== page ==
Turbine engines

Turbine engines

5th Jul 2020 9:00 am

Shapur talks about the increasing popularity of turbo-petrol engines.


Direct-injection turbos are slowly but surely taking over. First, they added an extra dimension to diesels and transformed them completely, and now they are doing much the same with petrols. Naturally aspirated petrols, in fact, are falling by the wayside at such a rate, they may soon be gone; forever extinct. And that, let’s face it, will be a lot more tragic than some of the ‘special’ content on Netflix.

India apart, direct- injection turbo-petrols already rule the roost. The good and the great, in fact, have deserted the naturally aspirated petrol. Smooth, highrevving petrols were part and parcel of BMW’s DNA. Not a single one exists today. None. Zero. Porsche isn’t any different. Worse, in some cars, it has even axed its legendary naturally aspirated flat-six. Anyone who thinks the turbo four in the 718 is better than the naturally aspirated six in the Boxster should receive automatic certification. Ferrari has gone turbo too. The 6.5-litre, naturally aspirated V12 still exists, thank heavens for that, and honestly that is the pinnacle. But Ferrari’s V8 is now blown, and although the torque is tremendous, it isn’t necessarily better overall. No wonder the last naturally aspirated Ferrari V8, the 458, is fast becoming a legend. How can you argue with 9,000 screaming RPM and that gleeful exuberance?

Global synergies being what they are, turbo-petrols are finally pouring in to India as well. Hyundai now has a 1.0 and a 1.4 turbo, Volkswagen and Skoda have the super 1.0 TSI and 1.5 TSI, Renault and Nissan have a 1.0 and 1.3 turbo, and there are loads of others too. What’s staving them off, at least partially, is that the realworld fuel economy of turbos don’t quite match those seen on a rolling road. Not exactly ideal  for a country where  poor fuel economy is problem number one. Also, turbo DI petrols  are more expensive to make, due to the higher internal loads and expensive add-ons.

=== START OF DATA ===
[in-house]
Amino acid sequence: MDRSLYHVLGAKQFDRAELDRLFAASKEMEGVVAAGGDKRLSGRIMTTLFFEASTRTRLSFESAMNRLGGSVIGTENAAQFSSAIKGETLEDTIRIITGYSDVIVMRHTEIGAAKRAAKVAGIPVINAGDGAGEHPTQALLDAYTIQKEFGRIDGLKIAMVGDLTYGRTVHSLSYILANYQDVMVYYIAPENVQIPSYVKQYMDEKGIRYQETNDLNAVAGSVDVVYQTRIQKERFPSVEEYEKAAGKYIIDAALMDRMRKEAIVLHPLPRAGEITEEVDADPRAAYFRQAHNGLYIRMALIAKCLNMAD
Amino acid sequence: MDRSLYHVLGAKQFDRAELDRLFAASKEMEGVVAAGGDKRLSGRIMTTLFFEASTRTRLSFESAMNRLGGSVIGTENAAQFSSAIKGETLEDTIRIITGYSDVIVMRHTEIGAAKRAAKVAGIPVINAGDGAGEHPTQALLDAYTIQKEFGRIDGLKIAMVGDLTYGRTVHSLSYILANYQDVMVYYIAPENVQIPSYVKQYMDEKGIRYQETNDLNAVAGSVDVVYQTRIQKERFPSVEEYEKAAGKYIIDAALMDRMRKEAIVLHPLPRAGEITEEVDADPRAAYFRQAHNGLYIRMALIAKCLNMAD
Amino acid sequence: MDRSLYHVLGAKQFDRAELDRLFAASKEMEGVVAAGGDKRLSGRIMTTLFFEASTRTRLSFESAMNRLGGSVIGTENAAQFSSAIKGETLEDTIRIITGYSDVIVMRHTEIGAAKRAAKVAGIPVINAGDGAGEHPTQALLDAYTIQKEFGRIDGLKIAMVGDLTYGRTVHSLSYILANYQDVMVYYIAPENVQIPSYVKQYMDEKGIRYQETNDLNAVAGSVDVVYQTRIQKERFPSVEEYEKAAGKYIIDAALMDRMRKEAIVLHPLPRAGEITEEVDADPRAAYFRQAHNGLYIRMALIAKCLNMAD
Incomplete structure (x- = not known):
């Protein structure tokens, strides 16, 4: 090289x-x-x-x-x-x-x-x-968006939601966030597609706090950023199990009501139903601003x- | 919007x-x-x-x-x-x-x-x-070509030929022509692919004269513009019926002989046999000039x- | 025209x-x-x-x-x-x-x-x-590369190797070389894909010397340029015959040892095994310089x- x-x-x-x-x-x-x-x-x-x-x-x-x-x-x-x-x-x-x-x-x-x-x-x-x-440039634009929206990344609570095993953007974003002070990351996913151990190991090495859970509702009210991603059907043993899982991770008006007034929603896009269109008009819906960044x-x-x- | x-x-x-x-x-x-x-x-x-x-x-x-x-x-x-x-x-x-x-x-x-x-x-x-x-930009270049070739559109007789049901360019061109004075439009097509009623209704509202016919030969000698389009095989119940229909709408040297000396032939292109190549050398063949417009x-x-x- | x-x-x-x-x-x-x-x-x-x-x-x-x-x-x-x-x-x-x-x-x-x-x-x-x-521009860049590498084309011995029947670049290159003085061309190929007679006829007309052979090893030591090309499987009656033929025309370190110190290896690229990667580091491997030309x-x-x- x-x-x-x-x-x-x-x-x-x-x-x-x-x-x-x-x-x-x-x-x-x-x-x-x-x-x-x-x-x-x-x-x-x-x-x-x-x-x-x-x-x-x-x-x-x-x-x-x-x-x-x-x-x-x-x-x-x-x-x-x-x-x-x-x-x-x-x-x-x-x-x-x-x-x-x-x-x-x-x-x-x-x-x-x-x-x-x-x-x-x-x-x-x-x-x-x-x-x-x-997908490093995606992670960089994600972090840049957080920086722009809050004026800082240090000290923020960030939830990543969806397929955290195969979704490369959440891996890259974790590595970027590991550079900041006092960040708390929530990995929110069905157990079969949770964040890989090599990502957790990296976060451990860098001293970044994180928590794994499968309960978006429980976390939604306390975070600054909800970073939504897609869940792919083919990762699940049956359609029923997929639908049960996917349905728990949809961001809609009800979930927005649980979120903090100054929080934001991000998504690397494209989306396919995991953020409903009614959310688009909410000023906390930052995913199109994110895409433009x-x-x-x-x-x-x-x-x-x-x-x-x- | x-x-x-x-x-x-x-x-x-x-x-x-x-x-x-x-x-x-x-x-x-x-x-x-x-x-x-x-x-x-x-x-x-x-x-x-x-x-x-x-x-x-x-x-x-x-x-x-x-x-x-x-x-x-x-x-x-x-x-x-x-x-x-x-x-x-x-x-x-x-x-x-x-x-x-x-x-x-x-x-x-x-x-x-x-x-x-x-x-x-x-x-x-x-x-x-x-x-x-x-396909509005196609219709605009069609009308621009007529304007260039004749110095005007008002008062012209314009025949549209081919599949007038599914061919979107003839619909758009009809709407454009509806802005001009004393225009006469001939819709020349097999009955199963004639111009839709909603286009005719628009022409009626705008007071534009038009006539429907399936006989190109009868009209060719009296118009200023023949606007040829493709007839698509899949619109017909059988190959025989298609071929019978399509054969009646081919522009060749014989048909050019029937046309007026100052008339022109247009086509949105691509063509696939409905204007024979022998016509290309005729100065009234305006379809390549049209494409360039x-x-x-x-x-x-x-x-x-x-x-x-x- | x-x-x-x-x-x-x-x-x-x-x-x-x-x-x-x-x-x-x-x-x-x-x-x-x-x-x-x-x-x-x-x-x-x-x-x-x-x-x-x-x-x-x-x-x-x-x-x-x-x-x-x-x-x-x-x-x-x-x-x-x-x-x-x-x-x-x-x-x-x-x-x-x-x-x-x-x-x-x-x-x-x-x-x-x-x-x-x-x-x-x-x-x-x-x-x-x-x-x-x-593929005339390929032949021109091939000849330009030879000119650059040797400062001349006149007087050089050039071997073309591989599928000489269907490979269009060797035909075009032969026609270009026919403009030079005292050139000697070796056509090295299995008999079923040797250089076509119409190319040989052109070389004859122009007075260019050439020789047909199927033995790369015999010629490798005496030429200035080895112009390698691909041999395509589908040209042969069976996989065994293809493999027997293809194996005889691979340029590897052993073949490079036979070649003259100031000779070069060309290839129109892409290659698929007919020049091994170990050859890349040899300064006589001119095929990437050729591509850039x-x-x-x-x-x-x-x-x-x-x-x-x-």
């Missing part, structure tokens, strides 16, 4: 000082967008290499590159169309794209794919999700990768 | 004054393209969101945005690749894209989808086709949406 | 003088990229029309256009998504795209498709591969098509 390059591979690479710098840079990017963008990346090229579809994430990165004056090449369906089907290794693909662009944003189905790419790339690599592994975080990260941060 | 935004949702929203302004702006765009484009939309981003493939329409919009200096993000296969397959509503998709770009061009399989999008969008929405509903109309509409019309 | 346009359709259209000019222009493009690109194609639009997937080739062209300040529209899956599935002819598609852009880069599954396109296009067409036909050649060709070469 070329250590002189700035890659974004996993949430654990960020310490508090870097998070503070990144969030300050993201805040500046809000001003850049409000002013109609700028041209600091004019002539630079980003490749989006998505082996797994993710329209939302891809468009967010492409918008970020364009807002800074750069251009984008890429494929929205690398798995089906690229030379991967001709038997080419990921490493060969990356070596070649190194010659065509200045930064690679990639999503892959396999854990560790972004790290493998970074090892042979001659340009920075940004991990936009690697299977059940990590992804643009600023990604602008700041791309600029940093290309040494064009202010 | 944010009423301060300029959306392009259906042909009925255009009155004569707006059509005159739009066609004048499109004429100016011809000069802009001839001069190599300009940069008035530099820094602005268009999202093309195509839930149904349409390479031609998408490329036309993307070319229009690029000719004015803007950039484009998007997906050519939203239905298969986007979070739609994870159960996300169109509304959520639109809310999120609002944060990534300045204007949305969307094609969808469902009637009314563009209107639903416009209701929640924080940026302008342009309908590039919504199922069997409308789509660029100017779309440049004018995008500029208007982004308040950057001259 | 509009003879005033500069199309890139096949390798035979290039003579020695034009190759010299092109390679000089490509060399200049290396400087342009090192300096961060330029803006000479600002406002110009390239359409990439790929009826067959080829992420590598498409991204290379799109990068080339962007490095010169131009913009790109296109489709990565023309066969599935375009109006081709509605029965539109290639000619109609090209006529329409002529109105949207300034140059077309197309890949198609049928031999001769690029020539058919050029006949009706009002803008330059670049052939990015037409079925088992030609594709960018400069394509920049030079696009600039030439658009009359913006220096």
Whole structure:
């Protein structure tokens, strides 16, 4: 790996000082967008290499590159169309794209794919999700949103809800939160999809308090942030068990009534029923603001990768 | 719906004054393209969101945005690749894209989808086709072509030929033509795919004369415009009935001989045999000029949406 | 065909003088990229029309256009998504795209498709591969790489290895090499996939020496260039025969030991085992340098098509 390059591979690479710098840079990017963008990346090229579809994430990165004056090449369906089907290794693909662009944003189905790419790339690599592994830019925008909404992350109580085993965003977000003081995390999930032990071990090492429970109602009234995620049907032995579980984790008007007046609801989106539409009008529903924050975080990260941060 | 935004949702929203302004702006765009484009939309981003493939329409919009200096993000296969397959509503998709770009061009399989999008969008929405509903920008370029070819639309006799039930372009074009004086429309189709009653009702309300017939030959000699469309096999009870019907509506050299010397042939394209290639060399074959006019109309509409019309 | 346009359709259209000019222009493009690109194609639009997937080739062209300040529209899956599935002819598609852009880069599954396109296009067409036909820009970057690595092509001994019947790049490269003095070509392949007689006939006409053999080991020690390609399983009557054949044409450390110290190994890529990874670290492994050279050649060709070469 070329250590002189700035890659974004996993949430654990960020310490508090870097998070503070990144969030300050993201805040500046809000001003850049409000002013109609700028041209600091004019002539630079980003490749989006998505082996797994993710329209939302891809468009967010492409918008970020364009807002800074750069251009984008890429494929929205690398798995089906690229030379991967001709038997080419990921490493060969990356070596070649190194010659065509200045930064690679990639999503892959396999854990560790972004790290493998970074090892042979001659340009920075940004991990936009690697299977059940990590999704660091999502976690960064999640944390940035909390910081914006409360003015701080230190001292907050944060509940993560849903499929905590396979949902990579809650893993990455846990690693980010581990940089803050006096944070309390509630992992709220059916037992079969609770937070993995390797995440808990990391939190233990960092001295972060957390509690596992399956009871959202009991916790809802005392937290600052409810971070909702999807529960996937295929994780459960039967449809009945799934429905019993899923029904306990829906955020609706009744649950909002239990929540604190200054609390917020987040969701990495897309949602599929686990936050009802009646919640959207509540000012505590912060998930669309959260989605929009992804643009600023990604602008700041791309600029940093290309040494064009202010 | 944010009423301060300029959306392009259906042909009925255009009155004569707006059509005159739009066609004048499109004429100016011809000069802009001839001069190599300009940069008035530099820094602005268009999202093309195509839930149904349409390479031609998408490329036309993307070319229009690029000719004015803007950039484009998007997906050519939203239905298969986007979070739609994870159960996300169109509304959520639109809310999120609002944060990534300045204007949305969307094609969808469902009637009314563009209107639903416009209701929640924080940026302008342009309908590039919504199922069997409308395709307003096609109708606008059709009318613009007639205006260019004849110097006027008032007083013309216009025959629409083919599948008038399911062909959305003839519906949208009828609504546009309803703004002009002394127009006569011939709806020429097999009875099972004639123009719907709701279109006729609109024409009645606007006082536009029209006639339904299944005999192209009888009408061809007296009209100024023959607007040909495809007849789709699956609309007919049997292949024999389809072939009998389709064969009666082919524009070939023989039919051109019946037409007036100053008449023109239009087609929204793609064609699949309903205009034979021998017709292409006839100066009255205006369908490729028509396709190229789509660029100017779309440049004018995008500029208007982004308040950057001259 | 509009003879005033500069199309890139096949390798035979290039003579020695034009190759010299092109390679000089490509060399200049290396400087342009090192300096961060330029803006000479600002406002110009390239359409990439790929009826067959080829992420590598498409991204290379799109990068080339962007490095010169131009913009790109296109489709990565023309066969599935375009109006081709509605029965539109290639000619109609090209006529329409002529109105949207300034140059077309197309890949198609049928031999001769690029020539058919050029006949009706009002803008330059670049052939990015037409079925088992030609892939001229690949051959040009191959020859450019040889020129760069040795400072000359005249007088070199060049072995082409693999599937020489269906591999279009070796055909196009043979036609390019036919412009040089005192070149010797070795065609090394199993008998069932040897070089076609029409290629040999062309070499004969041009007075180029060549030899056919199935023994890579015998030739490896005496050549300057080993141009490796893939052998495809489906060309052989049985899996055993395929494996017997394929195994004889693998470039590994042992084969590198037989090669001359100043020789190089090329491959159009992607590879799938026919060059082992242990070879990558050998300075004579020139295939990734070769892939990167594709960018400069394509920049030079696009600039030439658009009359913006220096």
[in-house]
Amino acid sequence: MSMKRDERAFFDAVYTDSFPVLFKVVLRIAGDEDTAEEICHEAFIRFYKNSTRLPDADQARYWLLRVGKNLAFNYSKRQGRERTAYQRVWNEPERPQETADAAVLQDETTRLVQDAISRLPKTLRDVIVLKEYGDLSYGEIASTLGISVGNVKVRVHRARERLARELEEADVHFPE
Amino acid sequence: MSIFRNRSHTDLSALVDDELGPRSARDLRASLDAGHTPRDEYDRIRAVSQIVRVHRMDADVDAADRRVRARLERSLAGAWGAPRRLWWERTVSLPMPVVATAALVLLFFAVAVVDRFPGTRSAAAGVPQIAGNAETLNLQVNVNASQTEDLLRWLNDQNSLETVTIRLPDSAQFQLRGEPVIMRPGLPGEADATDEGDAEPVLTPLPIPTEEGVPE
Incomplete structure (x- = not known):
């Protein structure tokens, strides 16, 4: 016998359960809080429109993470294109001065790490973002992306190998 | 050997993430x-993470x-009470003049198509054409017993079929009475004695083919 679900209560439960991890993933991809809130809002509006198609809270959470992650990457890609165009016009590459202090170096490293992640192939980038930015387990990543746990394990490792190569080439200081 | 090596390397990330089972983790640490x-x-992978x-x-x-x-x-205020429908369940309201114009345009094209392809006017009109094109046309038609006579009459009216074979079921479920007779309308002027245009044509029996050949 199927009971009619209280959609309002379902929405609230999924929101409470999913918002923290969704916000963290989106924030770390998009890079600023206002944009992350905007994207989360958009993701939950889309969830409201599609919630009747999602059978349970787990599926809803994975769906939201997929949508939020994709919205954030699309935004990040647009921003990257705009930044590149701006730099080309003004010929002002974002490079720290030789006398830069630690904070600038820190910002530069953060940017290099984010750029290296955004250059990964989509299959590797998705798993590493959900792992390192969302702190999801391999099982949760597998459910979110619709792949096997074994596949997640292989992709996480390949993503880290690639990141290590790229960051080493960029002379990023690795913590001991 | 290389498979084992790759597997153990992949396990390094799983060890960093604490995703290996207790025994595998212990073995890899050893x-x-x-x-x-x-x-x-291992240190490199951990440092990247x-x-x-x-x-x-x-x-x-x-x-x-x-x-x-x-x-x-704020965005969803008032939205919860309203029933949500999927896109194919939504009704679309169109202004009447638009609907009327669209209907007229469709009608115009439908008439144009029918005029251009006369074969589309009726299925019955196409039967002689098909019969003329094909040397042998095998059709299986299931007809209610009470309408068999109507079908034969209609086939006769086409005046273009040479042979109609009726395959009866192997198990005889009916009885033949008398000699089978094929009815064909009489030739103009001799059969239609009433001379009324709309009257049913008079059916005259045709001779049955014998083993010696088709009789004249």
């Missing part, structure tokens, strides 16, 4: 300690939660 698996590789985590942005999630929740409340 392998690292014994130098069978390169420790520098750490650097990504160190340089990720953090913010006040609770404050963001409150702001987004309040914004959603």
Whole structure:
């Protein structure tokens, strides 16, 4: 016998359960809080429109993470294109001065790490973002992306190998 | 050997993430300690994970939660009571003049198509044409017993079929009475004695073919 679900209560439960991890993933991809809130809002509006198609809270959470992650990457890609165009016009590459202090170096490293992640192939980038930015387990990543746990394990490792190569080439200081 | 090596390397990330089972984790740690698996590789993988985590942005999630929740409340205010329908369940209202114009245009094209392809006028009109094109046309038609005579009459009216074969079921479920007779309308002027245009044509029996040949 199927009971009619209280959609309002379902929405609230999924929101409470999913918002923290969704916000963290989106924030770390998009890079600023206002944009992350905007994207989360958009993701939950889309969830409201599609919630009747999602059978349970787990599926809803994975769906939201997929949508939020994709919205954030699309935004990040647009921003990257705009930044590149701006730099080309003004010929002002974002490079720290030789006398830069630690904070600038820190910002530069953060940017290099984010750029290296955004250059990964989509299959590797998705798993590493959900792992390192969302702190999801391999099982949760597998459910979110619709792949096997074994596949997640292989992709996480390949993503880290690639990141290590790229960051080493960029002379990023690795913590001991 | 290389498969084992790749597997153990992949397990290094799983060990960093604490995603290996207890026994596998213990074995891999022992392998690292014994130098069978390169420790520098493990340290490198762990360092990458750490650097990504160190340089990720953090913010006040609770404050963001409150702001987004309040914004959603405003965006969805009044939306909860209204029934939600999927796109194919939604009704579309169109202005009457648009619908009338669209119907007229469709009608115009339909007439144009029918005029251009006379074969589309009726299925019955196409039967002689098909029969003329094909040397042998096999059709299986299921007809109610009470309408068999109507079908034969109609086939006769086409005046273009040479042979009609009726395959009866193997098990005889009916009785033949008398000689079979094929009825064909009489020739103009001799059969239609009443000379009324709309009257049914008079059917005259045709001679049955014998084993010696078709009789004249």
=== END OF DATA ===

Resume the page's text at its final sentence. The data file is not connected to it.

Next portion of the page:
This is why some of the Japanese carmakers are still flying the flag when it comes to naturally aspirated engines. This makes sense; they have always made the best affordable naturally aspirated engines. And why stop now? Honda’s new City will get a new twin cam 7,000rpm screamer, and not the 1.0 turbo, and that is a mini cause for celebration. Maruti is also staying away from turbos (for now). The 1.2 Dualjet will soon go under the bonnet of the Swift, which, at around 100hp per tonne, should make for a fun little hatch. And then there’s the news that Honda’s current City,  with that manic 1.5, will still be around.

In fact, what I’m hoping to see in the future are a bunch of naturally aspirated hybrids. They will rev just as hard and be just as fun to drive. They will also be quick off the mark with the electric torque fill. They’ll be more efficient than turbos, and then, despite all the extra kit, they could be more affordable too.


Shapur Kotwal

  • 390 Articles

Deputy editor at Autocar India.

Shapur is at the forefront of the magazine's extensive road testing activities and oversees the test instrumentation and data acquisition. Shapur has possibly the most experience among all road testers in the country.

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